“The Masque of the Red Death” and Introduction of “Contagious”

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  • #783
    cstickel
    Participant

    Looking at these two pieces side by side, the style of writing could not be more different. However, looking at the two more closely, I see parallels between the two works and the messages that they each convey. One major point that stands out to me from the Introduction of Contagious is the idea that victims of the disease, and especially those that are nonsymptomatic carriers, are often seen as criminals and accomplices of the disease. People such as “Typhoid Mary” and the flight attendants who unintentionally spread the disease came to be viewed as dangerous people and individuals one must avoid. I saw this as a subtle point in “The Masque of the Red Death” too. The people who hid themselves away in the abbeys were trying to shut out those inflicted with the disease, the perpetrators of the disease. They tried to forget about the suffering in the world by living in a paradise of their own making. I think that “The Red Death” found them even in their isolated world is telling because it demonstrates that trying to forget about the chaos of the world and escape the “perpetrators” will often have no effect in the end. I think this point was also made by their abuse of the figure signifying the “The Red Death” and their attempt to kill it.

    #787
    kcl
    Participant

    I agree with your analysis that the two readings made great companion pieces. In our discussion of HIV today, I was reminded of the 4 H’s of HIV (those who were initially described as being more susceptible to the disease): heroin users, Haitians, hemophiliacs, and homosexuals. This classification served as a way to separate these “others” from the in-group and demonized those groups of people. It was disconcerting to read the introduction to Contagious and Poe’s piece, talk about the early stigmatization of people with HIV, and tie it to how certain people have called SARS-CoV-2 the “Chinese Virus.” It’s amazing and upsetting to consider how scapegoating of groups of people still occurs today. I saw a parallel between the elite in Poe’s story and the celebrities and politicians of today who have attempted to “escape” the virus in their multimillion dollar mansions, pretending that virus doesn’t exist or masquerading as icons of ideal health who aren’t susceptible. I saw the visitor in the “Masque of the Read Death” (the bacteria/virus/contagion) as a great ( or not so great) equalizer — one who kills irrespective of socioeconomic status or geopolitical power. I also compared the party revelers to our country; many believed that we could contain the spread, yet now we have potentially the highest incidence rate in the world. I was reminded of the biblical quote, “pride comes before the fall.”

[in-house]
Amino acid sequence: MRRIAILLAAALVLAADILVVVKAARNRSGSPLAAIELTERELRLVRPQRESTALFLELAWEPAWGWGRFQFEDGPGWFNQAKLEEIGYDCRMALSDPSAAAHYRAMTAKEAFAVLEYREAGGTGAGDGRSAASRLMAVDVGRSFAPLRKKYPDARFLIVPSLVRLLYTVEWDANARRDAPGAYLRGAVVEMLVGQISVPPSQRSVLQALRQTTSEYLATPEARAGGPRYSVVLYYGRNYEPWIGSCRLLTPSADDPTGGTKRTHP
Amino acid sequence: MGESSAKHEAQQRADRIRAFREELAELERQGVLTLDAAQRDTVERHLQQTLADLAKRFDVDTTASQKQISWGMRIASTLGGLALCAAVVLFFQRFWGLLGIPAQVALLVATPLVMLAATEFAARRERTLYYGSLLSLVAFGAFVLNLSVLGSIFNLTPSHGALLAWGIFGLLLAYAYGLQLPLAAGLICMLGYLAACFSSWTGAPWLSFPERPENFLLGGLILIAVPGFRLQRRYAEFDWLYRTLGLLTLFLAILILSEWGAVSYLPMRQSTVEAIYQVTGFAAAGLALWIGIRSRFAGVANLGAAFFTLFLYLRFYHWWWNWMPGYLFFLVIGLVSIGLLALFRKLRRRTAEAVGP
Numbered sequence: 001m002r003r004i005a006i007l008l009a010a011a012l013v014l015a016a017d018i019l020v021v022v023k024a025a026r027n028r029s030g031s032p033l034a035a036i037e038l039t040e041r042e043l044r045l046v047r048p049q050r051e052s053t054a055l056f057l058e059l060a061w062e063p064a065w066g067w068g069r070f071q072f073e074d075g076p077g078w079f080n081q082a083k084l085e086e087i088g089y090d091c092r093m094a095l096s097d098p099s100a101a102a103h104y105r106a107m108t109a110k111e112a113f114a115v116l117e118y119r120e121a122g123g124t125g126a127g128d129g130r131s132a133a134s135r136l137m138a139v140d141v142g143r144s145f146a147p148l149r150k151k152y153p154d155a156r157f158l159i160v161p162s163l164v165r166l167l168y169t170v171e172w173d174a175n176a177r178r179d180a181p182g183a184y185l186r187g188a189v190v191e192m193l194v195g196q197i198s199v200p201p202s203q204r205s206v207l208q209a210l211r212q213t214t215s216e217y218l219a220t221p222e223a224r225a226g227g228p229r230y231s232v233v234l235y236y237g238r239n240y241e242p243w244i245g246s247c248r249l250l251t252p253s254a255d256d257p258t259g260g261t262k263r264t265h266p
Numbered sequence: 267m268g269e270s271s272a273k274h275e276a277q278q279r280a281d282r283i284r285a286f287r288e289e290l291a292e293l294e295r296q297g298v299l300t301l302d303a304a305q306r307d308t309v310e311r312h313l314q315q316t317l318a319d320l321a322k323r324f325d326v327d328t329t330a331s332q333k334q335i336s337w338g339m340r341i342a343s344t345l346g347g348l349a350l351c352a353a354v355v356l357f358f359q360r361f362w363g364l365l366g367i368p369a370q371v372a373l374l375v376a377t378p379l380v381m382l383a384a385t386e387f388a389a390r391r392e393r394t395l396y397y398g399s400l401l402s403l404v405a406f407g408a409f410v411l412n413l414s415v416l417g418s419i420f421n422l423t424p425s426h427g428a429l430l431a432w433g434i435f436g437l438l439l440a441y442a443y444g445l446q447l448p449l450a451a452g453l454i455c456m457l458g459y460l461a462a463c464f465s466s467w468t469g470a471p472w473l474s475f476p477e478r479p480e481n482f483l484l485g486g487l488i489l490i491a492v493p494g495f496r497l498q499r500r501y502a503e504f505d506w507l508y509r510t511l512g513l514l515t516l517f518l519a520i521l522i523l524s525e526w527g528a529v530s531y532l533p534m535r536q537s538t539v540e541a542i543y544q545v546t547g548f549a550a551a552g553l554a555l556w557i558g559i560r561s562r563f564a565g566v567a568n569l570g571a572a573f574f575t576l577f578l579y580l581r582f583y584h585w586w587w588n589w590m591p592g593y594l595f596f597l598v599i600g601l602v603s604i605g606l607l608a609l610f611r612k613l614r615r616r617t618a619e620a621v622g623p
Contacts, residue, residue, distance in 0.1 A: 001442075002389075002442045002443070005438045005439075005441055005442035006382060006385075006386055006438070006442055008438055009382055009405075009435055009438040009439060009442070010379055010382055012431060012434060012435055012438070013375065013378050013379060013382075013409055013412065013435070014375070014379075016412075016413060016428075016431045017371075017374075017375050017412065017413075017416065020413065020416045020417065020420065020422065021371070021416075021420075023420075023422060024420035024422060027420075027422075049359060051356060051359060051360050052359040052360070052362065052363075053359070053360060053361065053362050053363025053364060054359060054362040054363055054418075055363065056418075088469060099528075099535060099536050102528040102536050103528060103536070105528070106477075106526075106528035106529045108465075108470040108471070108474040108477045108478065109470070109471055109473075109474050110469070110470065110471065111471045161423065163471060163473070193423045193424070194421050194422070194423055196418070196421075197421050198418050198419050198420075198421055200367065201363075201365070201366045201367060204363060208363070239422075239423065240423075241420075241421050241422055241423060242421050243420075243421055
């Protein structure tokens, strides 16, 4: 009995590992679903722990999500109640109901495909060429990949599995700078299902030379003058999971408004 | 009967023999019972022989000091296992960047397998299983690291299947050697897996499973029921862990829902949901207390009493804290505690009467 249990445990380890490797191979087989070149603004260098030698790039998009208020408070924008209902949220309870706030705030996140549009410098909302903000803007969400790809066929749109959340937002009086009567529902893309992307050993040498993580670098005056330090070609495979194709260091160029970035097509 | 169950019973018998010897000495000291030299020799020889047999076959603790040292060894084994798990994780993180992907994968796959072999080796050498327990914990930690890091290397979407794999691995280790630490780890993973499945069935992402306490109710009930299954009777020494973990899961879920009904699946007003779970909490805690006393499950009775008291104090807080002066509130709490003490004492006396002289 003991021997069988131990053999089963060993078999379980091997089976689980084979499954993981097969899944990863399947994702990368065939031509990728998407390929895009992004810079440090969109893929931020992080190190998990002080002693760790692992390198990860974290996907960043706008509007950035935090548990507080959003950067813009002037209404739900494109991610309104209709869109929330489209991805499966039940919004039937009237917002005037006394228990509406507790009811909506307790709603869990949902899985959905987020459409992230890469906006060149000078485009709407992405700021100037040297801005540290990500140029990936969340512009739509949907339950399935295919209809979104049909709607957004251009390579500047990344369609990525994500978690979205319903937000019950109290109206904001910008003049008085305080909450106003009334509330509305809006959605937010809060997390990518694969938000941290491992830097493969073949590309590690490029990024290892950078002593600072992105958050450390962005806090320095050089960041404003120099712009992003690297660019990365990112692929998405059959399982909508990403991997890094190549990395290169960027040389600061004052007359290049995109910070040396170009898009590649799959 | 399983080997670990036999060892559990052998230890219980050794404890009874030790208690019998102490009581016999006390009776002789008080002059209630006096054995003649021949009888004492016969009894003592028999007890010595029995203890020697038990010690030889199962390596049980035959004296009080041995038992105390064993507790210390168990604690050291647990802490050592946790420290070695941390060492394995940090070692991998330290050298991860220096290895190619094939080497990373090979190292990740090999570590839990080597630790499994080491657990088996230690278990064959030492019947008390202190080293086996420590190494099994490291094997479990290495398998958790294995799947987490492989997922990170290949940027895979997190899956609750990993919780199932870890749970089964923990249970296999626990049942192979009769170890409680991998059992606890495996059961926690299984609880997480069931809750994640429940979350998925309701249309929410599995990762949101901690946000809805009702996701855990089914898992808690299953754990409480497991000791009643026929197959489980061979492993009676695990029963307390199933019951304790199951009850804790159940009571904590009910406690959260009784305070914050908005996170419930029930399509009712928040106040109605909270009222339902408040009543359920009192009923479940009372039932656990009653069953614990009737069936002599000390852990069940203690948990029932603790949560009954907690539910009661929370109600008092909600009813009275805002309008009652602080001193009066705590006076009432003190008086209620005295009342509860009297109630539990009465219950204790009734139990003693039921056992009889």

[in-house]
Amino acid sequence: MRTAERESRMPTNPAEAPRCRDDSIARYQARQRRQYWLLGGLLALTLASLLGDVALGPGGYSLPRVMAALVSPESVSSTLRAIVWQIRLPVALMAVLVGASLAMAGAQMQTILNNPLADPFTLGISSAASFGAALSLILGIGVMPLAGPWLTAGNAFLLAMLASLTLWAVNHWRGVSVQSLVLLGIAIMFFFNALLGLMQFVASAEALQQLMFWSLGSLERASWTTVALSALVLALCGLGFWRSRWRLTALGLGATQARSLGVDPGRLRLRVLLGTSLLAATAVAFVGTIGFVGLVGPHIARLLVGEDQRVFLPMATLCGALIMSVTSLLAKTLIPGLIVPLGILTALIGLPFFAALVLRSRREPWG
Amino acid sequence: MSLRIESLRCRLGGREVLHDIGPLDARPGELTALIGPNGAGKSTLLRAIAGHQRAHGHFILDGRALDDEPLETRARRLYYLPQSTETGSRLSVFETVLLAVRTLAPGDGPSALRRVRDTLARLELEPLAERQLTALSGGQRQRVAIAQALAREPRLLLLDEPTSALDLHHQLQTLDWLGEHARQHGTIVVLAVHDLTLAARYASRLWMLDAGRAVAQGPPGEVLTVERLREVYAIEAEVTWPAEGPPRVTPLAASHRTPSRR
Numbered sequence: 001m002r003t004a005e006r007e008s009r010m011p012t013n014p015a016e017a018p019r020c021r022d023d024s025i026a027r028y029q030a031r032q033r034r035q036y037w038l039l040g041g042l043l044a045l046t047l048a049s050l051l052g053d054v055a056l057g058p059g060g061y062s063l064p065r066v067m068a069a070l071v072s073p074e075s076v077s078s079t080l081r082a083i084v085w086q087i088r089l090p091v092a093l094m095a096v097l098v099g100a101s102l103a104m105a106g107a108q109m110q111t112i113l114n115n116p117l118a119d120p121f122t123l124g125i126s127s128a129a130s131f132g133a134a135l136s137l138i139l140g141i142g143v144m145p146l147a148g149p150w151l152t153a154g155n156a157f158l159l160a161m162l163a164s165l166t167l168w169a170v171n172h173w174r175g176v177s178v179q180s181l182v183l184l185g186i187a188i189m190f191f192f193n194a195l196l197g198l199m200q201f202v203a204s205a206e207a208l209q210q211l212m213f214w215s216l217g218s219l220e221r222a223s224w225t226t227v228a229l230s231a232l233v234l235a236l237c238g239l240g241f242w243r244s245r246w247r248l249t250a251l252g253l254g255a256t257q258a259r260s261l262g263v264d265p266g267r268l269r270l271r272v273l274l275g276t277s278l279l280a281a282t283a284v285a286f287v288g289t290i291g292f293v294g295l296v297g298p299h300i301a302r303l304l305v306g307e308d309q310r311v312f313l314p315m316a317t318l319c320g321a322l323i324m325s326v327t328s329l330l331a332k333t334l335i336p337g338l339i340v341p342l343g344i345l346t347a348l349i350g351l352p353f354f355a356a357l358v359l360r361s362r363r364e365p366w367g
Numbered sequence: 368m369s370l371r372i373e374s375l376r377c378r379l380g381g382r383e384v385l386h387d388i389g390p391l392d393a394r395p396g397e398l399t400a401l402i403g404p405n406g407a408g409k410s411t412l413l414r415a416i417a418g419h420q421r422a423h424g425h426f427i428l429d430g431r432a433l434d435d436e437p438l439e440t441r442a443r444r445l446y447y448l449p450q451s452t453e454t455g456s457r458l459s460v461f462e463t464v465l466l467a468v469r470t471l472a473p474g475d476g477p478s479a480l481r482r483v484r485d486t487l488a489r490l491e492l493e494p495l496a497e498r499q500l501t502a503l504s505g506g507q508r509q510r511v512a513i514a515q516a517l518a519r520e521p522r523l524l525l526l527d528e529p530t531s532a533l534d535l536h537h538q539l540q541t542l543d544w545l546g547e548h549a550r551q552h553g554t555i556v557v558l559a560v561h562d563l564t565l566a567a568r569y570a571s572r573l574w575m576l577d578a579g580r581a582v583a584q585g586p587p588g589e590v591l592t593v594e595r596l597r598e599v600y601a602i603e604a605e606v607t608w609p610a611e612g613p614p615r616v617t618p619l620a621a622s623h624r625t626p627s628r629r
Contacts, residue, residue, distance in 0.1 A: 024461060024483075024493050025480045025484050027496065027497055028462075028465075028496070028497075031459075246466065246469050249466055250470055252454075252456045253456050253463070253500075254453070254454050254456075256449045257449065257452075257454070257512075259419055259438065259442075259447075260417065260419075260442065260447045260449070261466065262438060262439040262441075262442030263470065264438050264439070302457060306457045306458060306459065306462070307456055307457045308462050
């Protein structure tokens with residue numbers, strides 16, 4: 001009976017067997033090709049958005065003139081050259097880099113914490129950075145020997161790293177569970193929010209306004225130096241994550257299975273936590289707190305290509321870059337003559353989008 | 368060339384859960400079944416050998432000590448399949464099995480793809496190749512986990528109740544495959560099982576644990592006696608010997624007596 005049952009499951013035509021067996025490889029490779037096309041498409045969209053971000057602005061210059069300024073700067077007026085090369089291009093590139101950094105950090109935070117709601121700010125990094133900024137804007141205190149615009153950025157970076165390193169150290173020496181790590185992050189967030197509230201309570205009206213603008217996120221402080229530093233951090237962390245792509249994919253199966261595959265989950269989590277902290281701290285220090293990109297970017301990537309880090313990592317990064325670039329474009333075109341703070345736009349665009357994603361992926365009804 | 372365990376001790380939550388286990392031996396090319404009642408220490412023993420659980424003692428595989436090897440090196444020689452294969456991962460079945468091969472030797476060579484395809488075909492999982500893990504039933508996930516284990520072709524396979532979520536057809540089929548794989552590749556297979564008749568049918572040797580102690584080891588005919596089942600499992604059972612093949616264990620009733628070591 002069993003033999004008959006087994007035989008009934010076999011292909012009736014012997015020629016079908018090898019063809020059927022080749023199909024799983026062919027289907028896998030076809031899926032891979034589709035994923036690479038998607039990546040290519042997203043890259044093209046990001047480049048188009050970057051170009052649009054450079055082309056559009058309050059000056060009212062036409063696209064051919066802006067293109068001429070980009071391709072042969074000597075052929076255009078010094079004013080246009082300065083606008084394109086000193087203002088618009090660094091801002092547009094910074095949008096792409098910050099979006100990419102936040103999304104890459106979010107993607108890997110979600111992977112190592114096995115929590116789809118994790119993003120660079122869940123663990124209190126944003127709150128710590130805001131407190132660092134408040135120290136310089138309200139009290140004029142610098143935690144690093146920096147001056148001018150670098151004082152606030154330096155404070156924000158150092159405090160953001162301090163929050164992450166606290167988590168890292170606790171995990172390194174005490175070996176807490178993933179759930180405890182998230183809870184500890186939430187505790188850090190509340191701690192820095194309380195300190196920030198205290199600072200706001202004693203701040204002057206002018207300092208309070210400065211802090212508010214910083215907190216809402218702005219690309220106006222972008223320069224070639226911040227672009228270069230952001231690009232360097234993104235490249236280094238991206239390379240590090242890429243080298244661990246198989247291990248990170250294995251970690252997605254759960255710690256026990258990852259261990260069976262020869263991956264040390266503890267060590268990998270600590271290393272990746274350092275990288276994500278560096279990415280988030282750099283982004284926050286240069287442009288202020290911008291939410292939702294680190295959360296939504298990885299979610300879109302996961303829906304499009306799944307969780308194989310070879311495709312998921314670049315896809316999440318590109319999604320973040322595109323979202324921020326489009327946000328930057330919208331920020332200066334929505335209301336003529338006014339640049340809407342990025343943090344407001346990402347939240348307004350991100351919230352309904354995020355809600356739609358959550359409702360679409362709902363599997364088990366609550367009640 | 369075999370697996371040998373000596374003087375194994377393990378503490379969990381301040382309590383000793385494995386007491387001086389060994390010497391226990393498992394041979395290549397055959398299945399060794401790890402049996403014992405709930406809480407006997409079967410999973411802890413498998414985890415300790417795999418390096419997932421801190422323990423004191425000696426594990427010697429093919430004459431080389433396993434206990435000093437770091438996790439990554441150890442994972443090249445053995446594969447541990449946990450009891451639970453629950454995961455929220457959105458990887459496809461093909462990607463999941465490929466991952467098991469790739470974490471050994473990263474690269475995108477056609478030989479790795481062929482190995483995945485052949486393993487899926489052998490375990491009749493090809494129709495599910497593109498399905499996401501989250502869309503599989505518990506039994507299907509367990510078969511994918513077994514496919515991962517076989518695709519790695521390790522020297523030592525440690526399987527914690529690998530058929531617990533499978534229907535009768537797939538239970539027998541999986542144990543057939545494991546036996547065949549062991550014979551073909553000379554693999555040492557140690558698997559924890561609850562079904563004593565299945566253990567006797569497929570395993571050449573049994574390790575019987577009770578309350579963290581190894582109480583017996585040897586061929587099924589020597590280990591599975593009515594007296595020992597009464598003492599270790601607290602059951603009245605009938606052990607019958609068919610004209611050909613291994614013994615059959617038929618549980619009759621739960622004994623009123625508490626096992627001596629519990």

– Kyle Lambert

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